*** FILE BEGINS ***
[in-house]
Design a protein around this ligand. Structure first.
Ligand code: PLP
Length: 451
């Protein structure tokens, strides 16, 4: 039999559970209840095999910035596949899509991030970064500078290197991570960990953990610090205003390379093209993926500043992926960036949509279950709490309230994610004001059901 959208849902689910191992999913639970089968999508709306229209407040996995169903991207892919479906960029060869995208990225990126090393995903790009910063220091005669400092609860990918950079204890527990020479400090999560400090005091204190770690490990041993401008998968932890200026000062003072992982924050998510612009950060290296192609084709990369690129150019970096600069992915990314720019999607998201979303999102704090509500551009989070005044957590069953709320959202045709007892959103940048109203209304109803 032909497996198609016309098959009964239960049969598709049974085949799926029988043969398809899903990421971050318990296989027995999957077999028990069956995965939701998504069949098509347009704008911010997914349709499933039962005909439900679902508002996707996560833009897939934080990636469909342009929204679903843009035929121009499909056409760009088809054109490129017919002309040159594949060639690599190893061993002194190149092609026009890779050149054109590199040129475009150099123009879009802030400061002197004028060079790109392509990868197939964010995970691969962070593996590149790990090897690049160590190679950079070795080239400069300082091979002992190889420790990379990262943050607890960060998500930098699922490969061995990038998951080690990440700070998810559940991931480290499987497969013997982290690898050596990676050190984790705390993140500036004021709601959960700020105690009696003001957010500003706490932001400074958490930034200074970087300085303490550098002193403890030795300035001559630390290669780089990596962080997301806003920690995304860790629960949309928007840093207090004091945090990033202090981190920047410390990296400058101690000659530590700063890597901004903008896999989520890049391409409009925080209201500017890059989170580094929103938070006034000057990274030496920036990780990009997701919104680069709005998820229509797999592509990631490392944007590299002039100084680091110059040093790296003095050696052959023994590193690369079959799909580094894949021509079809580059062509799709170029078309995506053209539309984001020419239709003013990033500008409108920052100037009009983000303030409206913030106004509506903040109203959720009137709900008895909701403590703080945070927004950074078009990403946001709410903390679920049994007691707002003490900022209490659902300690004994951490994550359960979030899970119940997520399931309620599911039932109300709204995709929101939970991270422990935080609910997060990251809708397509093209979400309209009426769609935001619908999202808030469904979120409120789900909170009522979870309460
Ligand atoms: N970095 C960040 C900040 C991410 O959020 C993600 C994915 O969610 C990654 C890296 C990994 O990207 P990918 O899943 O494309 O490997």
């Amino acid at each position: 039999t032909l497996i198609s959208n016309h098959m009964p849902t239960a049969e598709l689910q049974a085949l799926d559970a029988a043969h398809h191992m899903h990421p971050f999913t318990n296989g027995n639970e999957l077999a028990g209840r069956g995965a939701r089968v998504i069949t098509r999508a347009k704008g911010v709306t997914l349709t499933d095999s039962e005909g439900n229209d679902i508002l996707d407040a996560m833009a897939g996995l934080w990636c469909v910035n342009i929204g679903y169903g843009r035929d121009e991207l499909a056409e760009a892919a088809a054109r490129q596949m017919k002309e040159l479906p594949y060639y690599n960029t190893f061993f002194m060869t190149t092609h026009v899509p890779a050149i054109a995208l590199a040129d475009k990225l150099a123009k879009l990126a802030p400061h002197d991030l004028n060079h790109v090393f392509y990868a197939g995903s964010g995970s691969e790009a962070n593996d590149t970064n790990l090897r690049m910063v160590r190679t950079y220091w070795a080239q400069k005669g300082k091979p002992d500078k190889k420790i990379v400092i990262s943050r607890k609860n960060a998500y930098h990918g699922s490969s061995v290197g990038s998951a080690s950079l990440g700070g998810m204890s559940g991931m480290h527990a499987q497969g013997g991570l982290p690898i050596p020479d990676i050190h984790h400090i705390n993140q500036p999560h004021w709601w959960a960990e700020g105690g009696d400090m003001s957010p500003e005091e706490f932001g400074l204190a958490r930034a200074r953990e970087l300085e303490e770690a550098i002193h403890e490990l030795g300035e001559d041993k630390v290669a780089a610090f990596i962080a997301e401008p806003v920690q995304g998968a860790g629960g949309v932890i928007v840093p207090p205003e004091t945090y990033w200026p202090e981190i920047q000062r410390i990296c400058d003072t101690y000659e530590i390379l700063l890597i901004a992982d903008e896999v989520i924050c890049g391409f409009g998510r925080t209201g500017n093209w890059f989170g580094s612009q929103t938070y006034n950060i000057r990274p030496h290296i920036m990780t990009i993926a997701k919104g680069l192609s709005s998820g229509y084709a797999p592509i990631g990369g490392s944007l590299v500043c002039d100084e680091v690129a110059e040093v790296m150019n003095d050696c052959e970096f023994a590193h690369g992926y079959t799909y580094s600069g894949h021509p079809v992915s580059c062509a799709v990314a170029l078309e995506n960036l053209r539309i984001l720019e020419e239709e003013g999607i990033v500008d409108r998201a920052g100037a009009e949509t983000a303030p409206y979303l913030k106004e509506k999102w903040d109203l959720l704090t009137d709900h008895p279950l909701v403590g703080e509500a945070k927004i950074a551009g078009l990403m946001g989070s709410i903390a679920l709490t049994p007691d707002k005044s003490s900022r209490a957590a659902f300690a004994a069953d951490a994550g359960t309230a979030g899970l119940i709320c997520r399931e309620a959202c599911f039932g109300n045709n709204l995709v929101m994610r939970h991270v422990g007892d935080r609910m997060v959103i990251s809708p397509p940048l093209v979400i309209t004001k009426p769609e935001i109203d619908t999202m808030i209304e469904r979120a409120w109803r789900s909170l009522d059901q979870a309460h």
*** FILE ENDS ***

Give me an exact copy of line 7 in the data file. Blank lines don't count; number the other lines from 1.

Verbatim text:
């Amino acid at each position: 039999t032909l497996i198609s959208n016309h098959m009964p849902t239960a049969e598709l689910q049974a085949l799926d559970a029988a043969h398809h191992m899903h990421p971050f999913t318990n296989g027995n639970e999957l077999a028990g209840r069956g995965a939701r089968v998504i069949t098509r999508a347009k704008g911010v709306t997914l349709t499933d095999s039962e005909g439900n229209d679902i508002l996707d407040a996560m833009a897939g996995l934080w990636c469909v910035n342009i929204g679903y169903g843009r035929d121009e991207l499909a056409e760009a892919a088809a054109r490129q596949m017919k002309e040159l479906p594949y060639y690599n960029t190893f061993f002194m060869t190149t092609h026009v899509p890779a050149i054109a995208l590199a040129d475009k990225l150099a123009k879009l990126a802030p400061h002197d991030l004028n060079h790109v090393f392509y990868a197939g995903s964010g995970s691969e790009a962070n593996d590149t970064n790990l090897r690049m910063v160590r190679t950079y220091w070795a080239q400069k005669g300082k091979p002992d500078k190889k420790i990379v400092i990262s943050r607890k609860n960060a998500y930098h990918g699922s490969s061995v290197g990038s998951a080690s950079l990440g700070g998810m204890s559940g991931m480290h527990a499987q497969g013997g991570l982290p690898i050596p020479d990676i050190h984790h400090i705390n993140q500036p999560h004021w709601w959960a960990e700020g105690g009696d400090m003001s957010p500003e005091e706490f932001g400074l204190a958490r930034a200074r953990e970087l300085e303490e770690a550098i002193h403890e490990l030795g300035e001559d041993k630390v290669a780089a610090f990596i962080a997301e401008p806003v920690q995304g998968a860790g629960g949309v932890i928007v840093p207090p205003e004091t945090y990033w200026p202090e981190i920047q000062r410390i990296c400058d003072t101690y000659e530590i390379l700063l890597i901004a992982d903008e896999v989520i924050c890049g391409f409009g998510r925080t209201g500017n093209w890059f989170g580094s612009q929103t938070y006034n950060i000057r990274p030496h290296i920036m990780t990009i993926a997701k919104g680069l192609s709005s998820g229509y084709a797999p592509i990631g990369g490392s944007l590299v500043c002039d100084e680091v690129a110059e040093v790296m150019n003095d050696c052959e970096f023994a590193h690369g992926y079959t799909y580094s600069g894949h021509p079809v992915s580059c062509a799709v990314a170029l078309e995506n960036l053209r539309i984001l720019e020419e239709e003013g999607i990033v500008d409108r998201a920052g100037a009009e949509t983000a303030p409206y979303l913030k106004e509506k999102w903040d109203l959720l704090t009137d709900h008895p279950l909701v403590g703080e509500a945070k927004i950074a551009g078009l990403m946001g989070s709410i903390a679920l709490t049994p007691d707002k005044s003490s900022r209490a957590a659902f300690a004994a069953d951490a994550g359960t309230a979030g899970l119940i709320c997520r399931e309620a959202c599911f039932g109300n045709n709204l995709v929101m994610r939970h991270v422990g007892d935080r609910m997060v959103i990251s809708p397509p940048l093209v979400i309209t004001k009426p769609e935001i109203d619908t999202m808030i209304e469904r979120a409120w109803r789900s909170l009522d059901q979870a309460h």